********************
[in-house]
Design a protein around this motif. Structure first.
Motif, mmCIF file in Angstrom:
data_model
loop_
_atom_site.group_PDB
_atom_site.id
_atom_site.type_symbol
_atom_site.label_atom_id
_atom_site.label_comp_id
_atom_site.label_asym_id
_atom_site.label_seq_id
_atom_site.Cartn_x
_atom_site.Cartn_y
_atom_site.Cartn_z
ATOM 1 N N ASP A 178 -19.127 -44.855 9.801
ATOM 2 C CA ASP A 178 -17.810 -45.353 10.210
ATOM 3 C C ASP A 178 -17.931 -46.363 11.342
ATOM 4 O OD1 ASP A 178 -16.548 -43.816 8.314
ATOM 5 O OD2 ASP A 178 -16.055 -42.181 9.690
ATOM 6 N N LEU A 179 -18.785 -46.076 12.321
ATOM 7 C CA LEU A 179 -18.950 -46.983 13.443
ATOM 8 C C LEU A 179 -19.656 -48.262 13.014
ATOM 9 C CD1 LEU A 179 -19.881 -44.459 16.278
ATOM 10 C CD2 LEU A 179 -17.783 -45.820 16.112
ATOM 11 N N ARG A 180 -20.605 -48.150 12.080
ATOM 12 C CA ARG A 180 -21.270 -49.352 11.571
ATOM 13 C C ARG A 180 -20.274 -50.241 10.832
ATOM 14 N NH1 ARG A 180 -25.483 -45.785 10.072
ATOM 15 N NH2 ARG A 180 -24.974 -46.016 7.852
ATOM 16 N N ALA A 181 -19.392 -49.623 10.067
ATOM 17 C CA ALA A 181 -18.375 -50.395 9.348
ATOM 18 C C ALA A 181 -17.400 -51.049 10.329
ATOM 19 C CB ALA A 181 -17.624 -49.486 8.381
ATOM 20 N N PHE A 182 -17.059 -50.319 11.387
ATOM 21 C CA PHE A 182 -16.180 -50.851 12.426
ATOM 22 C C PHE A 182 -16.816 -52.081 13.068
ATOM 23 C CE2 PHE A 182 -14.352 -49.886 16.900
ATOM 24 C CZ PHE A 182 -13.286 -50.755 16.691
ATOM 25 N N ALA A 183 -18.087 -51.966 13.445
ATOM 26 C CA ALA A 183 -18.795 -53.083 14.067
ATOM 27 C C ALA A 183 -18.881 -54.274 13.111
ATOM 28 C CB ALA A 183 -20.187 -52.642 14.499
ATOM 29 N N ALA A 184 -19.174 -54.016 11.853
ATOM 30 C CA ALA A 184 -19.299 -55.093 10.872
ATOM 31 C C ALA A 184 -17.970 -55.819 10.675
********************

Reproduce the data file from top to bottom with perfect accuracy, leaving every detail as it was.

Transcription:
[in-house]
Design a protein around this motif. Structure first.
Motif, mmCIF file in Angstrom:
data_model
loop_
_atom_site.group_PDB
_atom_site.id
_atom_site.type_symbol
_atom_site.label_atom_id
_atom_site.label_comp_id
_atom_site.label_asym_id
_atom_site.label_seq_id
_atom_site.Cartn_x
_atom_site.Cartn_y
_atom_site.Cartn_z
ATOM 1 N N ASP A 178 -19.127 -44.855 9.801
ATOM 2 C CA ASP A 178 -17.810 -45.353 10.210
ATOM 3 C C ASP A 178 -17.931 -46.363 11.342
ATOM 4 O OD1 ASP A 178 -16.548 -43.816 8.314
ATOM 5 O OD2 ASP A 178 -16.055 -42.181 9.690
ATOM 6 N N LEU A 179 -18.785 -46.076 12.321
ATOM 7 C CA LEU A 179 -18.950 -46.983 13.443
ATOM 8 C C LEU A 179 -19.656 -48.262 13.014
ATOM 9 C CD1 LEU A 179 -19.881 -44.459 16.278
ATOM 10 C CD2 LEU A 179 -17.783 -45.820 16.112
ATOM 11 N N ARG A 180 -20.605 -48.150 12.080
ATOM 12 C CA ARG A 180 -21.270 -49.352 11.571
ATOM 13 C C ARG A 180 -20.274 -50.241 10.832
ATOM 14 N NH1 ARG A 180 -25.483 -45.785 10.072
ATOM 15 N NH2 ARG A 180 -24.974 -46.016 7.852
ATOM 16 N N ALA A 181 -19.392 -49.623 10.067
ATOM 17 C CA ALA A 181 -18.375 -50.395 9.348
ATOM 18 C C ALA A 181 -17.400 -51.049 10.329
ATOM 19 C CB ALA A 181 -17.624 -49.486 8.381
ATOM 20 N N PHE A 182 -17.059 -50.319 11.387
ATOM 21 C CA PHE A 182 -16.180 -50.851 12.426
ATOM 22 C C PHE A 182 -16.816 -52.081 13.068
ATOM 23 C CE2 PHE A 182 -14.352 -49.886 16.900
ATOM 24 C CZ PHE A 182 -13.286 -50.755 16.691
ATOM 25 N N ALA A 183 -18.087 -51.966 13.445
ATOM 26 C CA ALA A 183 -18.795 -53.083 14.067
ATOM 27 C C ALA A 183 -18.881 -54.274 13.111
ATOM 28 C CB ALA A 183 -20.187 -52.642 14.499
ATOM 29 N N ALA A 184 -19.174 -54.016 11.853
ATOM 30 C CA ALA A 184 -19.299 -55.093 10.872
ATOM 31 C C ALA A 184 -17.970 -55.819 10.675